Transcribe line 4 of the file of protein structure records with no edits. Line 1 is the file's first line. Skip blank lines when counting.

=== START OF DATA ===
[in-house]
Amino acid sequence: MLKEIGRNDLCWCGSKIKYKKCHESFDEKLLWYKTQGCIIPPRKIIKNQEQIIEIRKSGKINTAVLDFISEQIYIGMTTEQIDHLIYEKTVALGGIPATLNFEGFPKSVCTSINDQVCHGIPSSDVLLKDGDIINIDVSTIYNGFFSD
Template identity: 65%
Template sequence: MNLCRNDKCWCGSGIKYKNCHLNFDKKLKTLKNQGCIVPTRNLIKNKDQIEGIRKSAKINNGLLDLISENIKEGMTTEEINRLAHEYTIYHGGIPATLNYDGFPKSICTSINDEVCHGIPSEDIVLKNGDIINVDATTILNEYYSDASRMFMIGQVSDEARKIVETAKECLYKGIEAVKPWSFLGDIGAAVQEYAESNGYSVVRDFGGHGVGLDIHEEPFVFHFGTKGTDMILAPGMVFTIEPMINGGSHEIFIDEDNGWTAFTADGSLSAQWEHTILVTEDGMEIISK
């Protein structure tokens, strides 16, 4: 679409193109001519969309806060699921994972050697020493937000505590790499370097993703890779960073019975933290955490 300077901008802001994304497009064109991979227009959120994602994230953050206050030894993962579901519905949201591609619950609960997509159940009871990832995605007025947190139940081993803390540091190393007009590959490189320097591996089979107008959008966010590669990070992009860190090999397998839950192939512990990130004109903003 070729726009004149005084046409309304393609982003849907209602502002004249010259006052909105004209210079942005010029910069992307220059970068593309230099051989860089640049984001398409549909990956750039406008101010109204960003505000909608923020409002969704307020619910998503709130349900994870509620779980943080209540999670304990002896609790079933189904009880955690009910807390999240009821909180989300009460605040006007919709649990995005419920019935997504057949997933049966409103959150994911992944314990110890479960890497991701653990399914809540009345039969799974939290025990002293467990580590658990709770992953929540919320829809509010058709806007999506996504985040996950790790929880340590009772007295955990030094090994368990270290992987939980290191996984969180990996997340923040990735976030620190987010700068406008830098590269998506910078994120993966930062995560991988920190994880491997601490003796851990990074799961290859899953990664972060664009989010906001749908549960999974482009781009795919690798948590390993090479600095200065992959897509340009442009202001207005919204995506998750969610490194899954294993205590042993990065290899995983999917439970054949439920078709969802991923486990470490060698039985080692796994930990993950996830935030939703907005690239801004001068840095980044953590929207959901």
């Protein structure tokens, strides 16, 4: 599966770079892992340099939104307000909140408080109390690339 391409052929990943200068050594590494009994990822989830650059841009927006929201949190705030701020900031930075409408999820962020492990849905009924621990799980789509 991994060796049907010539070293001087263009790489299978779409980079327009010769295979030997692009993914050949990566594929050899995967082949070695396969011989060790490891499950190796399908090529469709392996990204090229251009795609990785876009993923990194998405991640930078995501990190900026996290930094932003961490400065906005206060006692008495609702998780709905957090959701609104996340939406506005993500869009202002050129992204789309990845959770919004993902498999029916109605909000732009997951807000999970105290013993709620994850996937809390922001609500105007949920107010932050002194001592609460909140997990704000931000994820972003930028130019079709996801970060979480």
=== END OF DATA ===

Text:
Template sequence: MNLCRNDKCWCGSGIKYKNCHLNFDKKLKTLKNQGCIVPTRNLIKNKDQIEGIRKSAKINNGLLDLISENIKEGMTTEEINRLAHEYTIYHGGIPATLNYDGFPKSICTSINDEVCHGIPSEDIVLKNGDIINVDATTILNEYYSDASRMFMIGQVSDEARKIVETAKECLYKGIEAVKPWSFLGDIGAAVQEYAESNGYSVVRDFGGHGVGLDIHEEPFVFHFGTKGTDMILAPGMVFTIEPMINGGSHEIFIDEDNGWTAFTADGSLSAQWEHTILVTEDGMEIISK